Traditional cable companies are struggling mightily with the transition to cord-cutting, but no company seems to be struggling more than Verizon. The telecoevery ms giant was one of the first to recognise that the world was shifting to the internet, but every decision sounds like it’s being made by people who have only ever experienced the internet as a series of PowerPoint slides delivered by a very expensive consultant.

It made multi-billion-dollar takeovers of AOL and Yahoo — brands known respectively for providing email scams to seniors and for leaking billions of customer accounts — and now Go90, its very public and very expensive millenial-friendly online streaming service, is dying a long-awaited death.

Go90 launched to extreme fanfare in 2015, but never really took off — probably because no one ever understood what it was. Seriously, try working out what the service actually is, based on this description from its launch press release:

go90 is a mobile first, social entertainment platform. It lets you watch tons of amazing content – anytime, anywhere in the U.S., regardless of your wireless carrier – from your mobile device– like a smartphone or tablet. go90 will highlight fresh content from top digital creators with exclusive content premiering weekly and offer a rich mix of live sports and music events, original programming from emerging networks and their creators, as well as the best of prime-time. go90 features content across comedy, music, gaming, lifestyle, sports, news and entertainment including 15 of the 30 most-viewed network shows and 9 of the 15 most-viewed shows on the web.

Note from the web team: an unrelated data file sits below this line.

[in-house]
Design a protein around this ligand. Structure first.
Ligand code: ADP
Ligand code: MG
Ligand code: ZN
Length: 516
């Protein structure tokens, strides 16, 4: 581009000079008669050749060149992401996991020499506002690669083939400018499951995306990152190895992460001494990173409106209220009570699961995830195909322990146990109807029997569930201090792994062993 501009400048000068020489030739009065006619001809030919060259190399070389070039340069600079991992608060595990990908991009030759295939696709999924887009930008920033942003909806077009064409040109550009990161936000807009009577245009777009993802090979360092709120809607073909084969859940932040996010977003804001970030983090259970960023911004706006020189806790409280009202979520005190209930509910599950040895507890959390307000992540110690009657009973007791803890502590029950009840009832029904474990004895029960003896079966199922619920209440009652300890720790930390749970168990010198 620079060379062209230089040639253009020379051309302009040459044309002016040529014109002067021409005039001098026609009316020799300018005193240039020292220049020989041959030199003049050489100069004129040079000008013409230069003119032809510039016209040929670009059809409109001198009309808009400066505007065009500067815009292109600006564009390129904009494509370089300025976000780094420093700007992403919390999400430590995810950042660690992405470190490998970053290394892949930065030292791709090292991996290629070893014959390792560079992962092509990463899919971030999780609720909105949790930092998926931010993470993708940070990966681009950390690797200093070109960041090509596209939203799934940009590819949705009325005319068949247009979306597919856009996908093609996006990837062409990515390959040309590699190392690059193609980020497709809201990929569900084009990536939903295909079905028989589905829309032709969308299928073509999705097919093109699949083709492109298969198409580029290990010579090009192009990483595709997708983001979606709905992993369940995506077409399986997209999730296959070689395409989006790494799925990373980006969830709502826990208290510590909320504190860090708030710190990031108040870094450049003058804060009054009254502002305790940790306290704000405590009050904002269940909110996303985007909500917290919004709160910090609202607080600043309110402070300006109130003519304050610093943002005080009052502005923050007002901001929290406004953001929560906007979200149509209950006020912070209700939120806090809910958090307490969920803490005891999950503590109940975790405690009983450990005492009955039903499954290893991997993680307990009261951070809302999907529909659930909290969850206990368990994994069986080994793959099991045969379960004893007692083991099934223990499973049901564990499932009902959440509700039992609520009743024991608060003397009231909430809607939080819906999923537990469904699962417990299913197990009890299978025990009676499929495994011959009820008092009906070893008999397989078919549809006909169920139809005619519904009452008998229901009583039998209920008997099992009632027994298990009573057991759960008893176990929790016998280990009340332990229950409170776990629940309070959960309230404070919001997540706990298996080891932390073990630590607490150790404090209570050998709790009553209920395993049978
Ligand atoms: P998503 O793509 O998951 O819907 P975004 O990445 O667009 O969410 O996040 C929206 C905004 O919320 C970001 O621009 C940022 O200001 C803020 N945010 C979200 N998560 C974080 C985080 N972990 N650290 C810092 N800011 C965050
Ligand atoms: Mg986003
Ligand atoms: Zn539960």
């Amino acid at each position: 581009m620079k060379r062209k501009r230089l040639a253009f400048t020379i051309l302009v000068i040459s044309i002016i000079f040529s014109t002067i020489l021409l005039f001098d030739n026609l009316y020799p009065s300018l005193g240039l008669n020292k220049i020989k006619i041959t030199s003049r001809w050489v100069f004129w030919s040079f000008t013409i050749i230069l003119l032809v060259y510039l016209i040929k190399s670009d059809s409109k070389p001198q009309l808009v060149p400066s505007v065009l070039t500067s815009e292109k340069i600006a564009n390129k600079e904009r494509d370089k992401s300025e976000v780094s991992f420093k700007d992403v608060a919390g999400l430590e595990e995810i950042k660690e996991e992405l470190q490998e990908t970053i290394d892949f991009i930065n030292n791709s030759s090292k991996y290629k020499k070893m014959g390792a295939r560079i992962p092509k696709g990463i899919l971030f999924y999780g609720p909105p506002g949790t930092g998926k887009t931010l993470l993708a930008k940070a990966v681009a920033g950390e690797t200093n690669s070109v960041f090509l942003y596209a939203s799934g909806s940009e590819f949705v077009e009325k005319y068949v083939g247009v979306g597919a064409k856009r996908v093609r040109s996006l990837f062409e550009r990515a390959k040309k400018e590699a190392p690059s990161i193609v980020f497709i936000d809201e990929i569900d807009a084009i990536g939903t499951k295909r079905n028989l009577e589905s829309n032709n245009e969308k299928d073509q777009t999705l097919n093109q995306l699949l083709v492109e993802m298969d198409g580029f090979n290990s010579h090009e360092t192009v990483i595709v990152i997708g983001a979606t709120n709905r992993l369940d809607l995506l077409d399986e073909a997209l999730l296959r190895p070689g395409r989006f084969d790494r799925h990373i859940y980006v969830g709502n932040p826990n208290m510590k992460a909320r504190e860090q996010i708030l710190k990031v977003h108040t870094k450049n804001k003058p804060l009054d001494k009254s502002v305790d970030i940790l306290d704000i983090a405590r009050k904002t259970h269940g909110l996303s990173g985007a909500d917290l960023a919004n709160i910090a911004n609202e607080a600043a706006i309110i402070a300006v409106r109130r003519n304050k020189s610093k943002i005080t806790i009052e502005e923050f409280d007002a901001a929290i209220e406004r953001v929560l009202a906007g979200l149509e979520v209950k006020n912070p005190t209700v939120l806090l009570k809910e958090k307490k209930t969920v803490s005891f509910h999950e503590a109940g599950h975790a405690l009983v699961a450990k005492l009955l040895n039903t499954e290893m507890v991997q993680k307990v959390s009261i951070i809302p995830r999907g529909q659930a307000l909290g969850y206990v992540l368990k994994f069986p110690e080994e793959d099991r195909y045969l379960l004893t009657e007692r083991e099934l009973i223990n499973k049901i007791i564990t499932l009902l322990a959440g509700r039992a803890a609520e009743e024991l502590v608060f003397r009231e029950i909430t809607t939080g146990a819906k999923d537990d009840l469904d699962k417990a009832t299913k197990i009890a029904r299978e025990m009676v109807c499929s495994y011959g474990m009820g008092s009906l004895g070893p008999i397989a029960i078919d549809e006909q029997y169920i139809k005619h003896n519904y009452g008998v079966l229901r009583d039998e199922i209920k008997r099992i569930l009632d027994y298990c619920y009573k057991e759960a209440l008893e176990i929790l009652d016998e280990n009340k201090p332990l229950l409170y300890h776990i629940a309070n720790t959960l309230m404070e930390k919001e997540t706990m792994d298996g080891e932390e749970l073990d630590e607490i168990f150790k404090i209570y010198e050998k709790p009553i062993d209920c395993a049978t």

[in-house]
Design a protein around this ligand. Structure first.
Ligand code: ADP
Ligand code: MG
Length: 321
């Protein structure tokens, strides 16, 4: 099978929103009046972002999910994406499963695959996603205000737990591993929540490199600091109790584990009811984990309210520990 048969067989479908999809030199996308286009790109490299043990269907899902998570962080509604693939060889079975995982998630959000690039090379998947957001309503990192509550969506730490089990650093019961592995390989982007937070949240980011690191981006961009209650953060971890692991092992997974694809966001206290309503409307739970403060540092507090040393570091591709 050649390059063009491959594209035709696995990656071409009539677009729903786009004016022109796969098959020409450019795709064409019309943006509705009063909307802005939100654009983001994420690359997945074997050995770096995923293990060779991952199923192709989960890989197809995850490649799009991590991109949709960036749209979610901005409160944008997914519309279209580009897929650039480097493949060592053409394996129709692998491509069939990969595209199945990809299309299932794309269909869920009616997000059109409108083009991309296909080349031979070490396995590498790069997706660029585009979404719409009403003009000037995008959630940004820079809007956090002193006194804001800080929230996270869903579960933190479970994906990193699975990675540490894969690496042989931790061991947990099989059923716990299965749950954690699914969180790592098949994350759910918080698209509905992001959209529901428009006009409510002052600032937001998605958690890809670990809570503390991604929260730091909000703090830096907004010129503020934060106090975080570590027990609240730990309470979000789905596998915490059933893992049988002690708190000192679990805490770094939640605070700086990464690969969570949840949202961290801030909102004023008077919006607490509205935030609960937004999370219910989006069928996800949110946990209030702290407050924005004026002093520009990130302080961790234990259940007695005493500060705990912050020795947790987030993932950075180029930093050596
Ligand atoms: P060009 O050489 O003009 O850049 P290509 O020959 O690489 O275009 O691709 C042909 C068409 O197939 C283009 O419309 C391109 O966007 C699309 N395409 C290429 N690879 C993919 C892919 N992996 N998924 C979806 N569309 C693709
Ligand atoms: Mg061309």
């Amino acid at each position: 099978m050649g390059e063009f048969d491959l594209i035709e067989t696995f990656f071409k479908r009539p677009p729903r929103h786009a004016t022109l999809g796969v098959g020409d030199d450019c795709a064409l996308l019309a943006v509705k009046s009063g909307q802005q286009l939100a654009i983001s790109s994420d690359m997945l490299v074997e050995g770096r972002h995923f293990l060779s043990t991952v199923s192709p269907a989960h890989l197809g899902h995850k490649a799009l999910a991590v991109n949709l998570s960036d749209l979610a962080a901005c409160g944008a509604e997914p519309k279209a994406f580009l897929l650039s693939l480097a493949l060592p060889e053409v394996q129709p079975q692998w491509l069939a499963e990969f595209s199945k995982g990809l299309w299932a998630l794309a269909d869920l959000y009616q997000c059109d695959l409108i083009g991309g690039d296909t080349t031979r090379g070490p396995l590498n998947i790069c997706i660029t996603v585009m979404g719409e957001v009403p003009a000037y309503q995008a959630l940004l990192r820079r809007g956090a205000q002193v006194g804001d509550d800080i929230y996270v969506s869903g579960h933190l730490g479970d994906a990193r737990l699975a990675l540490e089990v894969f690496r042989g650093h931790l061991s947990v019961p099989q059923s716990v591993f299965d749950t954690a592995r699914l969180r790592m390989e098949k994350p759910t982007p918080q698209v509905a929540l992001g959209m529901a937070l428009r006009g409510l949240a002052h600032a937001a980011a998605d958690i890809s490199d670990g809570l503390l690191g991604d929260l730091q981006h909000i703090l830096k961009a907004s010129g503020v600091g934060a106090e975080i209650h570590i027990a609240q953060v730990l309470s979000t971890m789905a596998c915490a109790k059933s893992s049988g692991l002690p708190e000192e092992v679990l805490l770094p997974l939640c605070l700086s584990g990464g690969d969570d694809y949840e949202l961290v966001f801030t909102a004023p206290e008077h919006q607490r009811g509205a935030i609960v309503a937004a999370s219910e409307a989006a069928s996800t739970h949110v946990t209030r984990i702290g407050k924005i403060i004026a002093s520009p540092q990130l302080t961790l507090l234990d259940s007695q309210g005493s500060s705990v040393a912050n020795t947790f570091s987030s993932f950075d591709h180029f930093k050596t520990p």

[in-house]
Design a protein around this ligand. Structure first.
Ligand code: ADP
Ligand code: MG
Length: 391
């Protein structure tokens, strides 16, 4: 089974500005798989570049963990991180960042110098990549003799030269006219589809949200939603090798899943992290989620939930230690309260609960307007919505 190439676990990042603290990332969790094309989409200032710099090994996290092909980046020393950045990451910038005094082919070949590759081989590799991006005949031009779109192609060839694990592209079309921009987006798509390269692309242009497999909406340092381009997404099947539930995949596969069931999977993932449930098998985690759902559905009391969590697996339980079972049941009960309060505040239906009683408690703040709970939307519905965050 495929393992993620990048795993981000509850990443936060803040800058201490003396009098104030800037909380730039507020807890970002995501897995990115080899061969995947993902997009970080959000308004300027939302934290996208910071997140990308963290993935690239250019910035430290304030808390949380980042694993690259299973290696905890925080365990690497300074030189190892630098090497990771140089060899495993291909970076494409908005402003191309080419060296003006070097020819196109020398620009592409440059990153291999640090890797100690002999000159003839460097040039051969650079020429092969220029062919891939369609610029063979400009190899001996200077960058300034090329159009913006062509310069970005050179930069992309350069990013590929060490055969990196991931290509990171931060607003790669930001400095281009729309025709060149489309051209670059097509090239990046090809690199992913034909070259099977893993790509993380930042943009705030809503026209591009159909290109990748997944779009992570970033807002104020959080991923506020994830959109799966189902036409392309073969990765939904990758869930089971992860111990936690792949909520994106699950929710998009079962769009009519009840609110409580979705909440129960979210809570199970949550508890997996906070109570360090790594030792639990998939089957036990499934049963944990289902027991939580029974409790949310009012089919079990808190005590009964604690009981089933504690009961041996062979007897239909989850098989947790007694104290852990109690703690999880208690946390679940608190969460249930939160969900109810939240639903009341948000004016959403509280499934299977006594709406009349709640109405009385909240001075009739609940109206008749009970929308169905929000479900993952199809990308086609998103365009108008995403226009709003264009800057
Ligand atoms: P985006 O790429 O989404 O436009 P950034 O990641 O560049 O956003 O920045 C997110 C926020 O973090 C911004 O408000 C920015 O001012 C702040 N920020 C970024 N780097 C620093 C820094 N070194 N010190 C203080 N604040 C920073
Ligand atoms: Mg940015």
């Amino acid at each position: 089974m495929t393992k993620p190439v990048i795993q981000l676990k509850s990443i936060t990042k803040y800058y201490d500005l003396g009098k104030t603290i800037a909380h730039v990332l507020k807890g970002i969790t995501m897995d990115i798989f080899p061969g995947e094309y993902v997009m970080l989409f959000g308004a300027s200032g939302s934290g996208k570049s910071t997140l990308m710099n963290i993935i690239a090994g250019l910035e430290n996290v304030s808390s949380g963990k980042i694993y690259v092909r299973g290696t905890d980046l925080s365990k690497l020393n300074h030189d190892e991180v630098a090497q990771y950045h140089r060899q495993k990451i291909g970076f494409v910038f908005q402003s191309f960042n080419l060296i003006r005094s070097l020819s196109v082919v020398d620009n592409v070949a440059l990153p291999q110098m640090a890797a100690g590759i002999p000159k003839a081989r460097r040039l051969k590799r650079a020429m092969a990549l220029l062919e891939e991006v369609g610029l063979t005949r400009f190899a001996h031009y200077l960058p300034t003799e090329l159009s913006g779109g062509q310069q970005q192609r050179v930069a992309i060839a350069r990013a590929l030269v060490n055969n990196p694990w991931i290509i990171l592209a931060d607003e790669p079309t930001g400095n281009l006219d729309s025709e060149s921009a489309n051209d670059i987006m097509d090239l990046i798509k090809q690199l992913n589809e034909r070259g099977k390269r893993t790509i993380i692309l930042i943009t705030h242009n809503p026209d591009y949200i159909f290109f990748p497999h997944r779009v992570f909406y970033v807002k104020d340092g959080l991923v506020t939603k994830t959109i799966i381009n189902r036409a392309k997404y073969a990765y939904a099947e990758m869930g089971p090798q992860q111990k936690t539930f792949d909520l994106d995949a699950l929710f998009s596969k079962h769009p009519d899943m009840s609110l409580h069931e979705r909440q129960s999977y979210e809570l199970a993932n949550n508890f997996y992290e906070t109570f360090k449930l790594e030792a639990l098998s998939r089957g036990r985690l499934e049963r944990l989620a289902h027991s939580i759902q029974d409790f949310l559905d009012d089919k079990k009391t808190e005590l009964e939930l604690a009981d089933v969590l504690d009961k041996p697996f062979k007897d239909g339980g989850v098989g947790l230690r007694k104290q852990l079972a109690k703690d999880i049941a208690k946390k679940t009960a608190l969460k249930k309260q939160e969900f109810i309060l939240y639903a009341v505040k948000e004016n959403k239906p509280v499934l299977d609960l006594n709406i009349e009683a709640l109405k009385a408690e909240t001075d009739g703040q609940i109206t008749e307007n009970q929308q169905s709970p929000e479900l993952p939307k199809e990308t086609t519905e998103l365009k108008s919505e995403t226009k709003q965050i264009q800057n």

In reality, it was a mobile app that had tiny tidbits of content from a bunch of different sources, plus some very expensive original content that no one ever watched. On paper, it was supposed to combine the revenue model of Facebook with the content style of Snapchat and the social features of a messaging platform, but in reality, it never had the content or user base to make it work.

Anyway, Verizon has confirmed that it is shutting down Go90, reportedly by July 31st. The service dies as it lived: With vague, confusing press statements about the future. “Verizon will focus on building its digital-first brands at scale in sports, finance, news and entertainment for today’s mobile consumers and tomorrow’s 5G applications,” a spokesperson told Digiday.

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